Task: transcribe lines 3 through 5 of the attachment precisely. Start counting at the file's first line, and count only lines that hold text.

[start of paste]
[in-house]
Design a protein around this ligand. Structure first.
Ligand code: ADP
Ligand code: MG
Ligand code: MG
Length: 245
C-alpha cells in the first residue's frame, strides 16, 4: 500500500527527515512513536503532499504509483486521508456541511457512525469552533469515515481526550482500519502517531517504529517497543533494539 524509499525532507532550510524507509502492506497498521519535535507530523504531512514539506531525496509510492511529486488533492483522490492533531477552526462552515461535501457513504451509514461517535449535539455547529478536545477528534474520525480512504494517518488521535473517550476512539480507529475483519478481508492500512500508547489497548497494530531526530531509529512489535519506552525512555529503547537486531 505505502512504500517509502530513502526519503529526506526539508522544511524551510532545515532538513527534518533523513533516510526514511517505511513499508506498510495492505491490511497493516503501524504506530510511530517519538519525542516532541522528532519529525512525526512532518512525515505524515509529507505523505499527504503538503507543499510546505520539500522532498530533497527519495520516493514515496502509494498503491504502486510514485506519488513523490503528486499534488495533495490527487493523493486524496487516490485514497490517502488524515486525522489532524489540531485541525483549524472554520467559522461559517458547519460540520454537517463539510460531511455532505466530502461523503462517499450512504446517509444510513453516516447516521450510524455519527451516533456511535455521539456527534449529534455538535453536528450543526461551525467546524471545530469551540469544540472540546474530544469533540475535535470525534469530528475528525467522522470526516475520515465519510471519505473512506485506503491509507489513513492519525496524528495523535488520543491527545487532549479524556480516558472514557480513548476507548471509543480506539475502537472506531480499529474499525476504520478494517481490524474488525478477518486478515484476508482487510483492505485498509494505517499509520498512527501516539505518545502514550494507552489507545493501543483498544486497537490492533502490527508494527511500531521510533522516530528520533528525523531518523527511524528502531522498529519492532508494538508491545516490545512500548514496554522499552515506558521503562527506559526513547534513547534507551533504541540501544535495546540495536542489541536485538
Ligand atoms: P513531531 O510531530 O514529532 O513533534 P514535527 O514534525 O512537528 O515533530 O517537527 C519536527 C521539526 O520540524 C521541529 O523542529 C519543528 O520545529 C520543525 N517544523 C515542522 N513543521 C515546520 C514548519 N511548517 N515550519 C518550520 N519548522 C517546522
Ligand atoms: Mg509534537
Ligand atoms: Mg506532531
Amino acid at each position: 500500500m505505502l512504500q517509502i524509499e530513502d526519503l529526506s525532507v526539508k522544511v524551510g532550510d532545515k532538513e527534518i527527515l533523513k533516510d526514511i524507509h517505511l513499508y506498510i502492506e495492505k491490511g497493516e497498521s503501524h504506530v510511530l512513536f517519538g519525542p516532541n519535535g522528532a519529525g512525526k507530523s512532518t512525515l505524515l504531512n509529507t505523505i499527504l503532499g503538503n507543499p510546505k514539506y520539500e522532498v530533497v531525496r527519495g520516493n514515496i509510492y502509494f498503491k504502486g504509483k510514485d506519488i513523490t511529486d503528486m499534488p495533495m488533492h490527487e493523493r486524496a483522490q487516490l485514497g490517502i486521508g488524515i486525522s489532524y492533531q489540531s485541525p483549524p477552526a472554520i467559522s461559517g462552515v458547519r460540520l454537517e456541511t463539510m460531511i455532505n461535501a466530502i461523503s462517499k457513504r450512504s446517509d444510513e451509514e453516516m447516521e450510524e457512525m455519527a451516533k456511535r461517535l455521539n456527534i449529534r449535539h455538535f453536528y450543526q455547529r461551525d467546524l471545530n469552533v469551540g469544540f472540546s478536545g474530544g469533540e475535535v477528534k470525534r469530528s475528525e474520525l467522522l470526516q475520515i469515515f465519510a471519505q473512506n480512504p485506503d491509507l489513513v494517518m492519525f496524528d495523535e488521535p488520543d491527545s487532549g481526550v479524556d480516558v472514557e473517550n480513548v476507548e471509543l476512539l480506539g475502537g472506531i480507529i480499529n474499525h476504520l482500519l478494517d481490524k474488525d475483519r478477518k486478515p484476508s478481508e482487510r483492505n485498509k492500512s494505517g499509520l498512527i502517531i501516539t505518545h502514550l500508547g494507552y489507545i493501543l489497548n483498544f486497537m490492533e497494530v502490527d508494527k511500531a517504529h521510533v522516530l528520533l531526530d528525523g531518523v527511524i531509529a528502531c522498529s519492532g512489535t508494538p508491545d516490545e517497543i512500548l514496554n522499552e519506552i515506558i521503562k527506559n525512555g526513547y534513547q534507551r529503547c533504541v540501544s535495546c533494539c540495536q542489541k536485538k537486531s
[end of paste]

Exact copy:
Ligand code: ADP
Ligand code: MG
Ligand code: MG